With The Proposed ATF Rule Nerf Blasters Might Be Considered “80% Receiver”
03 Jun 2021
If you are thinking of getting a Nerf Gun for yourself or for your kid, you might want to think twice as Nerf blasters will be considered “80% Receiver”. With the new Administration pushing to regulate “ghost guns” or unserialized firearms, a proposed ATF rule that will provide new definitions on what is a firearm or a receiver may just have your kid be a firearm toting individual. That means a lot of kids in the U.S.
It’s all because of a creative individual in the 3D printing community.
That individual, who goes by the Twitter handle 00MEAT, used a CAD software to make a "Nerf .22 adapter" that can turn a “foam dart gun” into an “80% receiver”:
Here is the design of the “Nerf .22 adapter”:
For those not familiar with the term “80% receiver”, it is explained by 8-lower.com:
An 80% lower is an un-serialized receiver blank, an unfinished firearm that is not operable and cannot be made to operate without additional fabrication. An un-finished 80% lower cannot accept a trigger, hammer, or safety, so it can't be made to fire a live round. Because of this, 80% lowers and all other types of receiver and firearm blanks aren't legally considered firearms by the Bureau of Alcohol, Tobacco, and Firearms (BATFE).
In the summary of proposed rule ATF 2021R-05, the ATF would:
- Provide new definitions of “firearm frame or receiver” and “frame or receiver”
- Amend the definition of:
- “firearm” to clarify when a firearm parts kit is considered a “firearm,” and
- “gunsmith” to clarify the meaning of that term and to explain that gunsmiths may be licensed solely to mark firearms for unlicensed persons.
- Provide definitions for:
- “complete weapon,”
- “complete muffler or silencer device,”
- “privately made firearm (PMF),” and
- “readily” for purposes of clarity given advancements in firearms technology.
- Provide a definition of “importer’s or manufacturer’s serial number”
- Provide a deadline for marking firearms manufactured.
- Clarify marking requirements for firearm mufflers and silencers.
- Amend the format for records of manufacture/acquisition and disposition by manufacturers and importers.
- Amend the time period records must be retained at the licensed premises.
Proposed New Definition of Firearm “Frame or Receiver”
Under the proposed rule, a “frame or receiver” is any externally visible housing or holding structure for one or more fire control components. A “fire control component” is one necessary for the firearm to initiate, complete, or continue the firing sequence, including, but not limited to, any of the following: hammer, bolt, bolt carrier, breechblock, cylinder, trigger mechanism, firing pin, striker, or slide rails.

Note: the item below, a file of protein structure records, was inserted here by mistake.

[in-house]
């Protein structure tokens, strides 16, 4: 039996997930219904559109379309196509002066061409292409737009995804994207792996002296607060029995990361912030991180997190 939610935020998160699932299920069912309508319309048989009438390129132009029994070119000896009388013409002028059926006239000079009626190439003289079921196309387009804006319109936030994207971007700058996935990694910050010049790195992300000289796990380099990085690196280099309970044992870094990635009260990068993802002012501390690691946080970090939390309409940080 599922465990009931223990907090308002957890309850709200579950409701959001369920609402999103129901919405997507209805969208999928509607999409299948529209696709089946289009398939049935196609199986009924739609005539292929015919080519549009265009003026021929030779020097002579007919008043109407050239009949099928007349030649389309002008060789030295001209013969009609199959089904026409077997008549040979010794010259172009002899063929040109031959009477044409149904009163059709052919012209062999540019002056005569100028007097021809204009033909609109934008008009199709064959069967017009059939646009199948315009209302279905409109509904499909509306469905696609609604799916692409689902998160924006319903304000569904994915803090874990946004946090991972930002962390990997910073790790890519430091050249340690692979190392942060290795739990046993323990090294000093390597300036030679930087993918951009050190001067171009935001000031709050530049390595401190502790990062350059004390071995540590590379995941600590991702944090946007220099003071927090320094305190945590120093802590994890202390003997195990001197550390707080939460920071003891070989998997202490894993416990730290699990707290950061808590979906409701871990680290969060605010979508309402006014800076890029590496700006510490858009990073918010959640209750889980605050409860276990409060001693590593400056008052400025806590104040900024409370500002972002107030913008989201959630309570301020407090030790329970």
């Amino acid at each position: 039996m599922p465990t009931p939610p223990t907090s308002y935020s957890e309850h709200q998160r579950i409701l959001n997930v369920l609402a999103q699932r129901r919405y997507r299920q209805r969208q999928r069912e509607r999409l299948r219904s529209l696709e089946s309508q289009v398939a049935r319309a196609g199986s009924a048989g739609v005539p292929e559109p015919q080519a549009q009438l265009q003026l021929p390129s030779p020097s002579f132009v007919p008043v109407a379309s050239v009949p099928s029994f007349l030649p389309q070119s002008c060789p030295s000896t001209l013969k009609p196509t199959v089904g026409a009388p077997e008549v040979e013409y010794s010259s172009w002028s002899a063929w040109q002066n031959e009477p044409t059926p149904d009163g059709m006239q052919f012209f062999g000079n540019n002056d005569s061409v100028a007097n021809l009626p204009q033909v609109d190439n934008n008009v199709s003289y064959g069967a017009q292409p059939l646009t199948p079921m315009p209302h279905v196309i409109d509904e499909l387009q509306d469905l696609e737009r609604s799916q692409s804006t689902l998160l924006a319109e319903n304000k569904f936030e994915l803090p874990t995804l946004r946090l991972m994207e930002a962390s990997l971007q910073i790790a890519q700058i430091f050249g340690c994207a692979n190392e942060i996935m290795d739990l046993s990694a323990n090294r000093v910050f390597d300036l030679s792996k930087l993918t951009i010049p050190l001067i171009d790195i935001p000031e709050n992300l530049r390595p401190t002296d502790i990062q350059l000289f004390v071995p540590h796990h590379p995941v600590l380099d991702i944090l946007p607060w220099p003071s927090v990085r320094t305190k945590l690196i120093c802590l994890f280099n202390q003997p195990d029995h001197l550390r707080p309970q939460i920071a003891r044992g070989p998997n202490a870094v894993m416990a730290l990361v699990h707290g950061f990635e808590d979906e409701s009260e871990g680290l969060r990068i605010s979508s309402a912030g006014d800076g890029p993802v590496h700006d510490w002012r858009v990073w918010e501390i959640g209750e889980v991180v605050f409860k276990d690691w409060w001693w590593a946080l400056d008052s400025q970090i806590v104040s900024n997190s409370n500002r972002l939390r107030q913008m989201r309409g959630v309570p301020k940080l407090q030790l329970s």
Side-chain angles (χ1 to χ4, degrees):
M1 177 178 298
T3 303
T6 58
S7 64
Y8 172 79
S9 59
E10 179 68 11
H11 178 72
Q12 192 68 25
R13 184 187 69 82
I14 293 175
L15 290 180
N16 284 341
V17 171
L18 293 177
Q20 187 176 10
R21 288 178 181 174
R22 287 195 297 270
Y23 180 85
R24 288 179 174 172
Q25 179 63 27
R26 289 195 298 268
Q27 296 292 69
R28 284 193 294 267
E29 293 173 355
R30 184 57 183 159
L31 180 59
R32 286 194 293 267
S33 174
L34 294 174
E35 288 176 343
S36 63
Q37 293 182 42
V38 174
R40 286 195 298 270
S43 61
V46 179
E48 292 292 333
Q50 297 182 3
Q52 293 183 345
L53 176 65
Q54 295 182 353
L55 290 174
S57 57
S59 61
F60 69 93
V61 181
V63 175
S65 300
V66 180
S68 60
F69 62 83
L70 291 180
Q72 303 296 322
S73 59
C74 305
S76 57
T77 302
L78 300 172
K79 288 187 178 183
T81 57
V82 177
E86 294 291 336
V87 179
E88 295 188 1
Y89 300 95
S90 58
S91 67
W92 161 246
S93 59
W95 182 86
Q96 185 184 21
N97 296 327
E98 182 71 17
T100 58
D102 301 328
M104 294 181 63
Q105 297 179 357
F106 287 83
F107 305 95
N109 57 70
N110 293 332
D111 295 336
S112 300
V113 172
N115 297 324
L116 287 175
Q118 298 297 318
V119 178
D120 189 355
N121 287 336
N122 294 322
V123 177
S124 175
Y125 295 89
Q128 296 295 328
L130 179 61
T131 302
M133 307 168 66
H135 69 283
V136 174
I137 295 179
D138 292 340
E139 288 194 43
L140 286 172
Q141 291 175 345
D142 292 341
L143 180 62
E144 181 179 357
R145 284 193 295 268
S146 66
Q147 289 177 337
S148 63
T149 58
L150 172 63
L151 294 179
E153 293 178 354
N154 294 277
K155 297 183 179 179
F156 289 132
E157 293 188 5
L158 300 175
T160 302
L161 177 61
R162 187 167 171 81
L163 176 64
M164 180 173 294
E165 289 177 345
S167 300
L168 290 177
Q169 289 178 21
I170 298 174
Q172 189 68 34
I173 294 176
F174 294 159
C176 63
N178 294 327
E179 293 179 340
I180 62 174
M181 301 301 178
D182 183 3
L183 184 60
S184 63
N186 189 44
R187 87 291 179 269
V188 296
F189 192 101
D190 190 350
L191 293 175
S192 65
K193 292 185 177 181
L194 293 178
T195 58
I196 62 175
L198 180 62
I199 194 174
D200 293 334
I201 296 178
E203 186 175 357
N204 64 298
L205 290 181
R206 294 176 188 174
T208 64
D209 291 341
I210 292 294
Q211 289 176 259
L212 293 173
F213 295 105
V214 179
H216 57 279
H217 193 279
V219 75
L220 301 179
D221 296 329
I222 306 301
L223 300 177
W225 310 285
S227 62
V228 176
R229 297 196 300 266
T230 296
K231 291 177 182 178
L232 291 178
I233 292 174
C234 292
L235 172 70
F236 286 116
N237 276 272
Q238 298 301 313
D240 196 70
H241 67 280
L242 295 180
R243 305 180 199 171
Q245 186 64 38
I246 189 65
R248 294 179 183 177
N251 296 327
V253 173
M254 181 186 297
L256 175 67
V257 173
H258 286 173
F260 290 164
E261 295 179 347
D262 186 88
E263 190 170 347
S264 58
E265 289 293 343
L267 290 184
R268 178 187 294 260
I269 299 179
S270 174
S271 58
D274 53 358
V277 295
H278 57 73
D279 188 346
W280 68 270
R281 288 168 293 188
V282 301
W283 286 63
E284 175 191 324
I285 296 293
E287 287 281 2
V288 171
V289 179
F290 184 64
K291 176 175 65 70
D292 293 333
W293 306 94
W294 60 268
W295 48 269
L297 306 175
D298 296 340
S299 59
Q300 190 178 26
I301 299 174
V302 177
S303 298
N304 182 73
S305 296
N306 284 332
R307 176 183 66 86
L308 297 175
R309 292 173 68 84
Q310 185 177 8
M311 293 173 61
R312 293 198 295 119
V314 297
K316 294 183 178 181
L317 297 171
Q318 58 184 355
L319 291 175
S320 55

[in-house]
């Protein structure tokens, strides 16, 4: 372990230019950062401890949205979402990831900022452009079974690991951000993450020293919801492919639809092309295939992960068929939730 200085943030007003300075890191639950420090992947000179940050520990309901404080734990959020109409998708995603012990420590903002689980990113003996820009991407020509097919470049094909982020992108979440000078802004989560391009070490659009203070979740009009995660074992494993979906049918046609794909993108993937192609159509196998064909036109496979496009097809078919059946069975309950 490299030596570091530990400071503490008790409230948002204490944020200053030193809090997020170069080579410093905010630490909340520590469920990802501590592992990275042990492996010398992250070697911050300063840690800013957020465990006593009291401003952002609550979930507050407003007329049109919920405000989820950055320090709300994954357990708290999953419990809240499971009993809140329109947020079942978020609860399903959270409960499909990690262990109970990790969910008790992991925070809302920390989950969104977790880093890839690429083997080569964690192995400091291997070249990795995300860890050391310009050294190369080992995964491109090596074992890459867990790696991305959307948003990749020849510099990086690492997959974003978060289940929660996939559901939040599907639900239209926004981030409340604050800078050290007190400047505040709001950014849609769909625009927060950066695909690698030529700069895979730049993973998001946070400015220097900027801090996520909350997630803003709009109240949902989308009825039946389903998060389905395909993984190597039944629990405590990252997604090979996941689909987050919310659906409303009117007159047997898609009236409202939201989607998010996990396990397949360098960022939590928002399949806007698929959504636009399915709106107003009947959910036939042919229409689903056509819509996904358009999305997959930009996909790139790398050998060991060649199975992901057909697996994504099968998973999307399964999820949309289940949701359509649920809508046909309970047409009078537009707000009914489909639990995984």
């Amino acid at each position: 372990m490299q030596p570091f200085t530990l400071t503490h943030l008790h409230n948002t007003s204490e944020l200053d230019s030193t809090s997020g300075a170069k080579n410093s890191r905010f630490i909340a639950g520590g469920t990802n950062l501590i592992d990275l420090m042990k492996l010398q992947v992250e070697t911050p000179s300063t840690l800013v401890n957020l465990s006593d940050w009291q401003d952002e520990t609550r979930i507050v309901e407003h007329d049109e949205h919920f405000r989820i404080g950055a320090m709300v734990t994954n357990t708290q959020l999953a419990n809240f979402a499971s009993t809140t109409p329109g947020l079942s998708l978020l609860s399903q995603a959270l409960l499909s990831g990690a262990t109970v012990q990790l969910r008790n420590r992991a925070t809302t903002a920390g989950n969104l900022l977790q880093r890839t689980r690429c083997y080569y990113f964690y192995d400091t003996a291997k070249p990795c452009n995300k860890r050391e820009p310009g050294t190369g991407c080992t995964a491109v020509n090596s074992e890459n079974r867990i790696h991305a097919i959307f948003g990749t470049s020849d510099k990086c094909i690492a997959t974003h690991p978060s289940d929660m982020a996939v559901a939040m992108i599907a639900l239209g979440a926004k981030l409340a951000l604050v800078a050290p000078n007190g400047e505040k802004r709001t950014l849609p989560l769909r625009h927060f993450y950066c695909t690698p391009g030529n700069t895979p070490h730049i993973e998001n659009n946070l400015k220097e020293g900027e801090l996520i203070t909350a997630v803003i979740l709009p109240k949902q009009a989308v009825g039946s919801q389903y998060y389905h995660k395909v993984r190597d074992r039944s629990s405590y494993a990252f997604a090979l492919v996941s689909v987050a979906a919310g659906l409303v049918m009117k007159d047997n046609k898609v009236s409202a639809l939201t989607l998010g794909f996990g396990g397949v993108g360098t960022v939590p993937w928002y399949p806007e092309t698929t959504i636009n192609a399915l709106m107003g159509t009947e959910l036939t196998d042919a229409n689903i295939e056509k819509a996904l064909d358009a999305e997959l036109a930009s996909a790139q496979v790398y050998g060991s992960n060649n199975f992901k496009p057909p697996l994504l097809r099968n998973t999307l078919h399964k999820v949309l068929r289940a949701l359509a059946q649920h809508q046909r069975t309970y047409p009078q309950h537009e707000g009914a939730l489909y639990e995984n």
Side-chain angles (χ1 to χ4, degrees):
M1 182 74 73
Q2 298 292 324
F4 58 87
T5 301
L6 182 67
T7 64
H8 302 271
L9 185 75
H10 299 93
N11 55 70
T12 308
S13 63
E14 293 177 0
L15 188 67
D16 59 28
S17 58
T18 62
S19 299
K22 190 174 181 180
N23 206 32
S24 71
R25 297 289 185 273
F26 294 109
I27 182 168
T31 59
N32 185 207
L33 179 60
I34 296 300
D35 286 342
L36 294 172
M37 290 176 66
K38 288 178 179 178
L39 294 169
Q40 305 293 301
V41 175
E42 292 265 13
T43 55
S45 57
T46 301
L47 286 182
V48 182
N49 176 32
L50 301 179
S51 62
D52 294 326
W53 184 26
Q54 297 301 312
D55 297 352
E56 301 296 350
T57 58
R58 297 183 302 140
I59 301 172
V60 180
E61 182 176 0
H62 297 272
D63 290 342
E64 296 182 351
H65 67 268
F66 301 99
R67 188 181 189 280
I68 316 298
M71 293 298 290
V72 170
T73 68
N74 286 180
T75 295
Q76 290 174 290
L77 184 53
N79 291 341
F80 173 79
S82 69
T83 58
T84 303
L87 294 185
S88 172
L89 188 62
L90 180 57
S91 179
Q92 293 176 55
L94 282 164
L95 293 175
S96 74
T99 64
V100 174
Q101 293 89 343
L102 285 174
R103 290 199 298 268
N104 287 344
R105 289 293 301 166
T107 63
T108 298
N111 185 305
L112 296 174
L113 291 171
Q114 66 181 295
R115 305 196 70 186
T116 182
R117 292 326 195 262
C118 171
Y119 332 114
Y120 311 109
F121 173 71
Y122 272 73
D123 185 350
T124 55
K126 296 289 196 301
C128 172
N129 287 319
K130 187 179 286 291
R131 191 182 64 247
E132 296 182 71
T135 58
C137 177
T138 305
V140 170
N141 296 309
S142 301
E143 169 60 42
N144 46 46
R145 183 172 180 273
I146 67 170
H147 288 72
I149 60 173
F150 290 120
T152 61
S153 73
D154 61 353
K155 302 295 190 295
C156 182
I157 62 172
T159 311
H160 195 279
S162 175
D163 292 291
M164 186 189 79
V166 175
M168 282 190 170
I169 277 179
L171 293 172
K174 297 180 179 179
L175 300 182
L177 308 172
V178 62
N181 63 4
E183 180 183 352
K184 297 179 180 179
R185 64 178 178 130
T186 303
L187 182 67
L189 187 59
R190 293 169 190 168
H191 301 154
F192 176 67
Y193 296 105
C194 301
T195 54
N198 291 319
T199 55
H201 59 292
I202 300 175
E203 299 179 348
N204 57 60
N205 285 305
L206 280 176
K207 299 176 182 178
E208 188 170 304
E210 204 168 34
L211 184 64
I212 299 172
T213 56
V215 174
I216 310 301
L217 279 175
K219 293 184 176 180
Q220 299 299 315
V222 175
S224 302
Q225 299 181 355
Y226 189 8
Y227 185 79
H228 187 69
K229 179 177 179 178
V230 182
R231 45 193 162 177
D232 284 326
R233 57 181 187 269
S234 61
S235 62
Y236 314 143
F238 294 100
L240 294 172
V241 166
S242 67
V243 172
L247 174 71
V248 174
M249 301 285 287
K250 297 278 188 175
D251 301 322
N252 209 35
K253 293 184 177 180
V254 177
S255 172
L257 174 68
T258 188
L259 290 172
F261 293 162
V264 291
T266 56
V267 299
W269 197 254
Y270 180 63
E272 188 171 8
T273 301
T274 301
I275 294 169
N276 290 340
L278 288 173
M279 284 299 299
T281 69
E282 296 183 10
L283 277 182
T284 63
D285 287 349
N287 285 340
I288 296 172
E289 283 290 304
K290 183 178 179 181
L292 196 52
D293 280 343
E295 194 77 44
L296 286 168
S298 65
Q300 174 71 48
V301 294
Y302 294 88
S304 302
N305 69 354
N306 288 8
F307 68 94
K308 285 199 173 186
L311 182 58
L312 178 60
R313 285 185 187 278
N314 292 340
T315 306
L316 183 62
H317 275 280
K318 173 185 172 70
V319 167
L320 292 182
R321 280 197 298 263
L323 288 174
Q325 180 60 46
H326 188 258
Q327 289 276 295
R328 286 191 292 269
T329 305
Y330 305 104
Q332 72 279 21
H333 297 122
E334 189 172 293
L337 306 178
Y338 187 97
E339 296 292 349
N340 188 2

Any firearm part falling within the new definition that is identified with a serial number must be presumed, absent an official determination by ATF or other reliable evidence to the contrary, to be a frame or receiver.
More than one externally visible part may house or hold a fire control component on a particular firearm, such as with a split or modular frame or receiver. Under these circumstances, ATF may determine whether a specific part or parts of the weapon is the frame or receiver, which may include an internal frame or chassis at least partially exposed to the exterior to allow identification.
The proposed rule maintains current classifications and marking requirements of firearm frames or receivers, except that licensed manufacturers and importers must mark on new designs or configurations either: their name (or recognized abbreviation), and city and state (or recognized abbreviation) where they maintain their place of business; or their name (or recognized abbreviation) and their abbreviated FFL number, on each part defined as a frame or receiver, along with the serial number.
The proposed rule includes examples of types and models firearms and identifies the frame or receiver. Most examples also include an illustration identifying the frame or receiver. It also explains when a partially complete, disassembled, or inoperable frame or receiver is considered a “frame or receiver”, and explains that a destroyed frame or receiver is not considered a “frame or receiver”.
With the “Nerf .22 adapter” the Nerf blaster it could be classified as “readily convertible to a firing state.” If such, persons below the legal age might be charged for purchasing a firearm when they go to Walmart to buy a Nerf blaster.
That means a lot of kids will be in a lot of trouble if they own a Nerf blaster if the proposed definition will be adapted. For a company like Walmart which is the biggest FFL (Federal Firearms Licensel), they will have to serialize them. Hasbro, the company behind Nerf, may have to take a look at the proposed definition as well if all of its of Nerf guns are “readily convertible” as so far, the adapter made by 00Meat is for the Nerf Strongarm.
The airsoft community in the U.S. may also have to take a look at the proposed definition since airsoft guns resemble firearms and gas blowbacks usually have some components similar to a “fire control component” which in this case are “hammer, bolt, bolt carrier, breechblock, cylinder, trigger mechanism, firing pin, striker, or slide rails.”
Something to worry about as it may just also put airsofters on the wrong side of the law without knowing it.